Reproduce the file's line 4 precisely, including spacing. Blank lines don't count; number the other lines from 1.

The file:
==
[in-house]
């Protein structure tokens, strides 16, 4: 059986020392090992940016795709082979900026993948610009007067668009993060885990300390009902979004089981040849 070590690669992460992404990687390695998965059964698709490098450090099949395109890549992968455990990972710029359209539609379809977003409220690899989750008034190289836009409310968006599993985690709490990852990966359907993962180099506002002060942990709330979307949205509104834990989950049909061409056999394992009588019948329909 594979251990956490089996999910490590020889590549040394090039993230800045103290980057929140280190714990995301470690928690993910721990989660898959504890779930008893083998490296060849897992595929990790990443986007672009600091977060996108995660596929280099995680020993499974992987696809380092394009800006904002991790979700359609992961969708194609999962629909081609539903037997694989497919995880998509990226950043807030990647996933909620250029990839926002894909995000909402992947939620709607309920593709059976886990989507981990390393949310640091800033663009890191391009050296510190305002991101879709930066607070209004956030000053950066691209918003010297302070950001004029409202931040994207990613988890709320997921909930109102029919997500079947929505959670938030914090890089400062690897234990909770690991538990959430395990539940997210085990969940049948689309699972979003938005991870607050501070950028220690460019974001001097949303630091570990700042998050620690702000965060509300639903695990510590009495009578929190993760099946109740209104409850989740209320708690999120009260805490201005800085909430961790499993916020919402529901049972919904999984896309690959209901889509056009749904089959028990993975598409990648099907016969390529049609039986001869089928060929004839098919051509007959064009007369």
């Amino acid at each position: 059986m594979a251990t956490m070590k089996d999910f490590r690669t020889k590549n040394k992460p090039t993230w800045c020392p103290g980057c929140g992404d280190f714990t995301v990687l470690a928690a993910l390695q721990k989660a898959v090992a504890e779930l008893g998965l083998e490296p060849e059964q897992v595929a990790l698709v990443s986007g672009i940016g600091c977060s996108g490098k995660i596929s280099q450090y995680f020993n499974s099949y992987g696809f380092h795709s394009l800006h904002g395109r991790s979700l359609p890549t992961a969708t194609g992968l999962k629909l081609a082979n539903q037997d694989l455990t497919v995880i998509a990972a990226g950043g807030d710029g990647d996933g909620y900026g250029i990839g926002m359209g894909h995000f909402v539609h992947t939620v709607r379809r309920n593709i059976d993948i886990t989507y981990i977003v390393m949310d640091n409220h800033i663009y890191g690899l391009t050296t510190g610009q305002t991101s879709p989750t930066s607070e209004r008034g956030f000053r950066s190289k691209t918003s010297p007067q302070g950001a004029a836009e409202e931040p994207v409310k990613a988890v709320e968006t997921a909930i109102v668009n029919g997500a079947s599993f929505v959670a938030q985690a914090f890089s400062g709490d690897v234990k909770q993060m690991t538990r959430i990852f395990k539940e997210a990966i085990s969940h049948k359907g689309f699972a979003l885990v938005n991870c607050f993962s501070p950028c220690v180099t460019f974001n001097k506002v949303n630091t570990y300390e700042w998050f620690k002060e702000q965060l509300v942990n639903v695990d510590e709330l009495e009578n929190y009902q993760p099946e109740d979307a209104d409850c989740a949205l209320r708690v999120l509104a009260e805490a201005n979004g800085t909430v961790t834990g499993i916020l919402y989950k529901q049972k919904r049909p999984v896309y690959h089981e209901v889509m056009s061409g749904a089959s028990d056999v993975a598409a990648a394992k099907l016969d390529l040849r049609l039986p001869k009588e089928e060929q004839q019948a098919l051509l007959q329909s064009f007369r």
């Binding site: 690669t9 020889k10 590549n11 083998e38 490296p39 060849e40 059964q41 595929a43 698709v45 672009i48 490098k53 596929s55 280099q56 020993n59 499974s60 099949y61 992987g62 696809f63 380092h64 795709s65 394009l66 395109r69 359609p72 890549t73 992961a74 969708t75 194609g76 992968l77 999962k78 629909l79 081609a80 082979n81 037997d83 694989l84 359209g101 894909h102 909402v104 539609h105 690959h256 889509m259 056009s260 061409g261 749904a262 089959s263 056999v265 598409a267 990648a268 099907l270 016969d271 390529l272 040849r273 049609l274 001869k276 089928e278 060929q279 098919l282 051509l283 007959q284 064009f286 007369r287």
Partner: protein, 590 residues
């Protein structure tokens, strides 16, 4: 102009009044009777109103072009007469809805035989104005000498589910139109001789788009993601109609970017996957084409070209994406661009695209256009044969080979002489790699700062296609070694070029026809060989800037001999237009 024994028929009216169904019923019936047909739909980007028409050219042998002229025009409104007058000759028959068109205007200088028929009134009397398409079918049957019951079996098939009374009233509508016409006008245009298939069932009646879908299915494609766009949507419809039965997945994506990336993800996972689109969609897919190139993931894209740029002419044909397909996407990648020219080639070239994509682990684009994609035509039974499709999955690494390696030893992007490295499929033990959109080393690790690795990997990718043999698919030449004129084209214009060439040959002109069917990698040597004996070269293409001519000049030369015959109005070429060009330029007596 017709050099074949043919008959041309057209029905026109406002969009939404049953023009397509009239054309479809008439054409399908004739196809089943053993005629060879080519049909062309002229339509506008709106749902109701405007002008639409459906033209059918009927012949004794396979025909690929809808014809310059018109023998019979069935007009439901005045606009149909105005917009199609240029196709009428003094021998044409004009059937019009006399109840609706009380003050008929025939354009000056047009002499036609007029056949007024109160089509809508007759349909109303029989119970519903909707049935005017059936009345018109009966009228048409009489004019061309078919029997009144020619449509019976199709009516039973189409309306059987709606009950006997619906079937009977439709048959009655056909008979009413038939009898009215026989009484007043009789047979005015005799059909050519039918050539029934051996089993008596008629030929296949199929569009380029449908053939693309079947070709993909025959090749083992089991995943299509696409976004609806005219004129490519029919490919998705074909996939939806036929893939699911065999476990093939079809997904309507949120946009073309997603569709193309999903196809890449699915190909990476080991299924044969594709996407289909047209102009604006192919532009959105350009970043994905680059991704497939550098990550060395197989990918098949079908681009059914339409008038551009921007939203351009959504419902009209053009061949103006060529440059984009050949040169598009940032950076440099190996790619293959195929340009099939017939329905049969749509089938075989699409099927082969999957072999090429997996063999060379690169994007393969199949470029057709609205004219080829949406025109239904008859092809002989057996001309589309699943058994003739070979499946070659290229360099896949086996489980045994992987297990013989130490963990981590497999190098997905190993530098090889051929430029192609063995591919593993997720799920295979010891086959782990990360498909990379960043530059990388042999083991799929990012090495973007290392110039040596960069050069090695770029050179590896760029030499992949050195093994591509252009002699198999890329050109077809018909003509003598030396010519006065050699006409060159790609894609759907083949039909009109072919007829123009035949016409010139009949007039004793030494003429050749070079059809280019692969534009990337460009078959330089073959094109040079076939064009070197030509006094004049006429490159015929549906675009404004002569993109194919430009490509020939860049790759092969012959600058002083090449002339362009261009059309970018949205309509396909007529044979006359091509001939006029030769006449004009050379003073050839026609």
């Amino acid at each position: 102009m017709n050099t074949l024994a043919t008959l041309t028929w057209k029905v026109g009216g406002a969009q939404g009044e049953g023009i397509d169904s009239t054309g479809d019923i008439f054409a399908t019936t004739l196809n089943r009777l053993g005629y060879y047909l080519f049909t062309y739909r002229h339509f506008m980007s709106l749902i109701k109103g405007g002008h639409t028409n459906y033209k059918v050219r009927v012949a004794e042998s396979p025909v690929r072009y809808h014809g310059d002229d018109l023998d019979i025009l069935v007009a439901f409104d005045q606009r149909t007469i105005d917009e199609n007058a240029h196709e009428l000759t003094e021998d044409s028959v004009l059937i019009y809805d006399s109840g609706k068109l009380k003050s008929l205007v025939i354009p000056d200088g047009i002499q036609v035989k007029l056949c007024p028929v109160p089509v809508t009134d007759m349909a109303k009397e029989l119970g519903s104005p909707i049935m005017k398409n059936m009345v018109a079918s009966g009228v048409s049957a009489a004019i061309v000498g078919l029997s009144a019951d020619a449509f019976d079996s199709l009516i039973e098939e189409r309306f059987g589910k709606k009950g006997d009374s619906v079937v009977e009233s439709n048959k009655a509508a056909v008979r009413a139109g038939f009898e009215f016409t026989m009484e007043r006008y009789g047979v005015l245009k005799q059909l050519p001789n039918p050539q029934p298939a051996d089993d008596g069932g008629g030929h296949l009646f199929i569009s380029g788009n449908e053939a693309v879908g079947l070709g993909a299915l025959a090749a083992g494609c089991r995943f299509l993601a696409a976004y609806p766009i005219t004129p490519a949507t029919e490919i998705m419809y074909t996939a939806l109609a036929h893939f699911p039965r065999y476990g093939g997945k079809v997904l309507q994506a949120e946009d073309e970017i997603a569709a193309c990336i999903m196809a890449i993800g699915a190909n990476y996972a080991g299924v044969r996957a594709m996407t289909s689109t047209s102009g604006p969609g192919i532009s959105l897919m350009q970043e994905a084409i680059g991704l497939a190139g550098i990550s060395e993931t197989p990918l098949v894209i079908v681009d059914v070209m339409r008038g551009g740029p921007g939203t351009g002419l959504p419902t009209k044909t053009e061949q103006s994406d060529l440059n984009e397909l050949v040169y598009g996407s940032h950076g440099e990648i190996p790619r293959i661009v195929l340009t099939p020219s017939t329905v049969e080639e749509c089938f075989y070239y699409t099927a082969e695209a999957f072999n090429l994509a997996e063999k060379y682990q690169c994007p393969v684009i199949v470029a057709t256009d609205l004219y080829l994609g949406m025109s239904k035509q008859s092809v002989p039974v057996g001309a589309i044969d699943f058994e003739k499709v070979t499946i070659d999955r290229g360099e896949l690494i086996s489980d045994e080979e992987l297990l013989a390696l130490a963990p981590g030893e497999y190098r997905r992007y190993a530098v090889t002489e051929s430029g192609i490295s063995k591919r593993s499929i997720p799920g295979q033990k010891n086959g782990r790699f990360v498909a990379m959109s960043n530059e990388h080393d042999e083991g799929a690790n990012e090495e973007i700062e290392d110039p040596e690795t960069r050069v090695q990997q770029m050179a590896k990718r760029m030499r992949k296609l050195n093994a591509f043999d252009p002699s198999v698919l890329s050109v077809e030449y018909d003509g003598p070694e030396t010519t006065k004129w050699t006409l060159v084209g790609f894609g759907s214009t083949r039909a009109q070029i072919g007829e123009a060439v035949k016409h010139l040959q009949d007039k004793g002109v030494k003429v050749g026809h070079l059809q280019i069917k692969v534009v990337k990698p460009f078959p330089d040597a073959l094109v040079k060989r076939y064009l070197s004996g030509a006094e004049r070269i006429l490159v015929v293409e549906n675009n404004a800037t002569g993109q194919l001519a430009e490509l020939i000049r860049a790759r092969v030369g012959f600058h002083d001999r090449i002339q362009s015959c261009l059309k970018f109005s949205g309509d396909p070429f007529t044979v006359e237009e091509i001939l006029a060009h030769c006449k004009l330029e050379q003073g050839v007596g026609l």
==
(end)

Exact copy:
């Binding site: 690669t9 020889k10 590549n11 083998e38 490296p39 060849e40 059964q41 595929a43 698709v45 672009i48 490098k53 596929s55 280099q56 020993n59 499974s60 099949y61 992987g62 696809f63 380092h64 795709s65 394009l66 395109r69 359609p72 890549t73 992961a74 969708t75 194609g76 992968l77 999962k78 629909l79 081609a80 082979n81 037997d83 694989l84 359209g101 894909h102 909402v104 539609h105 690959h256 889509m259 056009s260 061409g261 749904a262 089959s263 056999v265 598409a267 990648a268 099907l270 016969d271 390529l272 040849r273 049609l274 001869k276 089928e278 060929q279 098919l282 051509l283 007959q284 064009f286 007369r287």